The COVID-19 pandemic meant that the conference could not meet in-person out of an abundance of care and caution. The work of dismantling systemic racism with important discussions of race and justice have been taking place in our churches as they have been at the fore of national news. While our churches are not gathering in their building, discussions of “Reimagining Life Together” have enabled churches to ask important questions of what it means to be the Church at this time. And, most recently, forest fires ravaging sister conferences in the Greater Northwest Episcopal Area were on the hearts and minds of all attendees with the strong connections that bind the three conferences.

Bishop Elaine Stanovsky, presiding from her office in Seattle, Washington, welcomed attendees and led into a worship which celebrated the collective work across the Episcopal Area over the last three years. The emphasis over this quadrennium has been “Do This And You Shall Live” from Luke 3 and 10. With this, the 49th Session of the Alaska Conference was called to order. 

Because the conference was held online, business was limited only to those items deemed “essential” for the work of the Alaska Conference. Only a few items on the agenda needed votes.  

The following items were approved by an overwhelming majority:

  • A Rules Change for the Alaska Conference to allow for an online annual conference and voting online.
  • A 2021 Budget of nearly $800,000.
  • A 2021 Equitable Compensation base salary of $45,300 was approved
  • Two pension petitions: Approving the Ministerial Pension Rate/Local Pastors Pension Rate and accepting the annuity responsibility for the Conference’s lone retiring local pastor, Janice Carlton.
  • The Nominations Report which extended the quadrennium of service for many until 2021 when the Conference hopes to meet in person.

This year the Alaska Conference has  one clergy approved for Full Membership & Elders Orders (Emily Carrol – PNW), one clergy approved for Retirement as a Local Pastor (Janice Carlton), and four clergy approved for transfer into Greater Northwest Area Conferences (Jim Doepken — OR-ID, Bob Jones — PNW, April Hall — PNW, and Dan Wilcox — PNW).

Alaska Conference Superintendent Carlo Rapanut

Superintendent Carlo Rapanut brought to the conference a motion for the closure of First Samoan UMC of Anchorage, Alaska. He began: “A local church is a living, breathing incarnation of Jesus in the world. And like any living organism, it has its life cycle of birth, growth, maturity, and faithful completion of its mission and ministry.” First Samoan UMC was chartered in 2004 after nine years as a Fellowship. During its time in ministry this church served the larger Samoan population of Anchorage, both in its own church building and while meeting in the facilities of First UMC in downtown Anchorage. This summer the congregation discerned that they no longer can serve the purpose for which their church was organized and incorporated. With celebration of their 25 years of faithful ministry, the church closure motion was approved.

JoAnne Hayden, head of the Alaska Conference Delegation to General Conference 2021 gave a report of how the Alaska delegation is working with individuals from across the ideological and theological divides of the denomination to work for the future of United Methodism. The delegation created a four-part strategy which is being addressed in a “Restructure, Renew, and Reform” workgroup with 35 participants from all five US Jurisdictions and the Philippines. “The strategy from that group includes the following items: Early adoption of The Protocol, Regionalization of the conference connectional structure of the post-separation United Methodist Church, Regionalization of the Episcopacy, and harmonization worldwide of the episcopacy by changing to limited tenure for all bishops.”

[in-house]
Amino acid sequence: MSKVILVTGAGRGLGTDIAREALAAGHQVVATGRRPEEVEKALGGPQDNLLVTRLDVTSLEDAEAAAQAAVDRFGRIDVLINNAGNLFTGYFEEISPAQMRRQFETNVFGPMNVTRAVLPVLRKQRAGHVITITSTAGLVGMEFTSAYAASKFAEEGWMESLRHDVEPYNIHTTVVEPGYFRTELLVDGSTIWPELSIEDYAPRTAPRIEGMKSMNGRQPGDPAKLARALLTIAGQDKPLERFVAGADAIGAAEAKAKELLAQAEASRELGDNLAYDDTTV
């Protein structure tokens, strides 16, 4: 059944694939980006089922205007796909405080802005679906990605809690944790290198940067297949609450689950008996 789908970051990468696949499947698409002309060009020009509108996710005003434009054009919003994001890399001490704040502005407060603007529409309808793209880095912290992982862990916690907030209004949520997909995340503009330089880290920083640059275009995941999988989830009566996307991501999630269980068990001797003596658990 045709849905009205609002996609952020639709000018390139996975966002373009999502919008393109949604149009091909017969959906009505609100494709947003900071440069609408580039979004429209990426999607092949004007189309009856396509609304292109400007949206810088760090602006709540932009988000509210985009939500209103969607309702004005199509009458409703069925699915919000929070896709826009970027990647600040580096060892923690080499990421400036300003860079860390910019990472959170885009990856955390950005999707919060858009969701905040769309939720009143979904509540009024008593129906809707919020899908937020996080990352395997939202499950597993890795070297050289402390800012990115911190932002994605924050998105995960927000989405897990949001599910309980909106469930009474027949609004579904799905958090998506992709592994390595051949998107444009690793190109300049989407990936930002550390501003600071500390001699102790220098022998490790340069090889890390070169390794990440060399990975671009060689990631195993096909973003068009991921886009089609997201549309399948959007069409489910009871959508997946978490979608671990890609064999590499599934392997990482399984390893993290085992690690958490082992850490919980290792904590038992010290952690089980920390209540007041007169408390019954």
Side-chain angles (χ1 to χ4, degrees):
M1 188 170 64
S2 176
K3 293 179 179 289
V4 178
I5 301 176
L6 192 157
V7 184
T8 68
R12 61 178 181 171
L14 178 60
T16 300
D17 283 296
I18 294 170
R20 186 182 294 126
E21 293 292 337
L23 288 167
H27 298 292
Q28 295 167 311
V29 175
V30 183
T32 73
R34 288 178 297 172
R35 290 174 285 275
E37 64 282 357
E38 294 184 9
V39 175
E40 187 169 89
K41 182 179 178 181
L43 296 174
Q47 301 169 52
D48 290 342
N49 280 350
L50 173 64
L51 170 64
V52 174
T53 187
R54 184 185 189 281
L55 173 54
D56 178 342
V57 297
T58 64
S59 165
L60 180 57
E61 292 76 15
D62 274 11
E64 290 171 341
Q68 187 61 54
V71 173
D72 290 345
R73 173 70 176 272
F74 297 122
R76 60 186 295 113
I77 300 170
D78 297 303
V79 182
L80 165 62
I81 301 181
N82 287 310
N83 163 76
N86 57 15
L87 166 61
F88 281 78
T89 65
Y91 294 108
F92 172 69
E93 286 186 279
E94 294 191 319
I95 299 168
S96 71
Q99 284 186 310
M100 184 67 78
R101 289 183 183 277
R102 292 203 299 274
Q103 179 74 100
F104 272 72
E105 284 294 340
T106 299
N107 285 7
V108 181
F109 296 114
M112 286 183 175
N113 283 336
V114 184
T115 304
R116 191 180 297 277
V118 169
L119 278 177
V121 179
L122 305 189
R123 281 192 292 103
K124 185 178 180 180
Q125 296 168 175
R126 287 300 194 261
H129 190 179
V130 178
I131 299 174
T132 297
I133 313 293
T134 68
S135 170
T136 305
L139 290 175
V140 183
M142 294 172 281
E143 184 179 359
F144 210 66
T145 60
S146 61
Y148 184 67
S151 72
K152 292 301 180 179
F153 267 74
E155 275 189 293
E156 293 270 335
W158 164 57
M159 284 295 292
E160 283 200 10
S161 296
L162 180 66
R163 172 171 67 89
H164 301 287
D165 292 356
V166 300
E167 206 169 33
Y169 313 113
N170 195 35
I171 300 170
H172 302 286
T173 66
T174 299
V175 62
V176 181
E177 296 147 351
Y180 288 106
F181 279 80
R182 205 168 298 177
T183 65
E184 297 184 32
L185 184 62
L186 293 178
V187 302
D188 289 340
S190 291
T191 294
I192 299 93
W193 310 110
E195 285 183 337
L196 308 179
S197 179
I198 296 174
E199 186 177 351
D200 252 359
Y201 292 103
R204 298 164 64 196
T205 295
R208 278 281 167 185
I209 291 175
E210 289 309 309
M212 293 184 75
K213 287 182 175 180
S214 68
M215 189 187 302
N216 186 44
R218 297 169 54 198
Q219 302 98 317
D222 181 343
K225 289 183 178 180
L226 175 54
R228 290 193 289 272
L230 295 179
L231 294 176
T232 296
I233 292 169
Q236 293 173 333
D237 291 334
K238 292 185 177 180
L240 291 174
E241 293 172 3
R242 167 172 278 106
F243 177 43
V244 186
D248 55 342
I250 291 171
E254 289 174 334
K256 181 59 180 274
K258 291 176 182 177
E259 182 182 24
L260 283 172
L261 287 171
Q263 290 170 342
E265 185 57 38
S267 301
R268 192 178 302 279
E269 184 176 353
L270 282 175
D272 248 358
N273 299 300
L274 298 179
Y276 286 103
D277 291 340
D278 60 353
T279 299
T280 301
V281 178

The Episcopal address from Bishop Elaine Stanovsky was also different this year. Originally, Alaska planned to join with Oregon-Idaho and the Pacific Northwest Conferences in Washington this summer. But that did not happen. Therefore, as she thought about what the essential work of our conferences should be over the next year, she presented an Episcopal address sent out in three letters to the Episcopal Area with three emphases for our work together. Part One of Bishop Stanovsky’s address was called “Do No Harm: Fighting COVID-19.” Here she encouraged churches to use this time of unoccupied building and online discipleship to “deepen relationships of spiritual depth and care.” Part Two called on churches to do the hard work of anti-racism and was called “Do Good: Dismantling Racism”.  She wrote:  “In faithfulness to Jesus’ model of inclusive love and justice, as bishop of the Greater Northwest Area of The United Methodist Church I am committed to leading United Methodists in the Alaska Conference, Oregon-Idaho Conference and Pacific Northwest Conference to make dismantling systemic racism within the church and throughout society a long-term missional priority.” Part Three, “Stay in Love with God: Reimagining Life Together,” was presented at the Alaska Annual Conference session. Here Bishop Stanovsky listed some of the great ways our three conferences have coordinated (disaster response, district superintendents, communicators, the Innovation Vitality Team) and asked whether it might be time to consider to merge into one conference.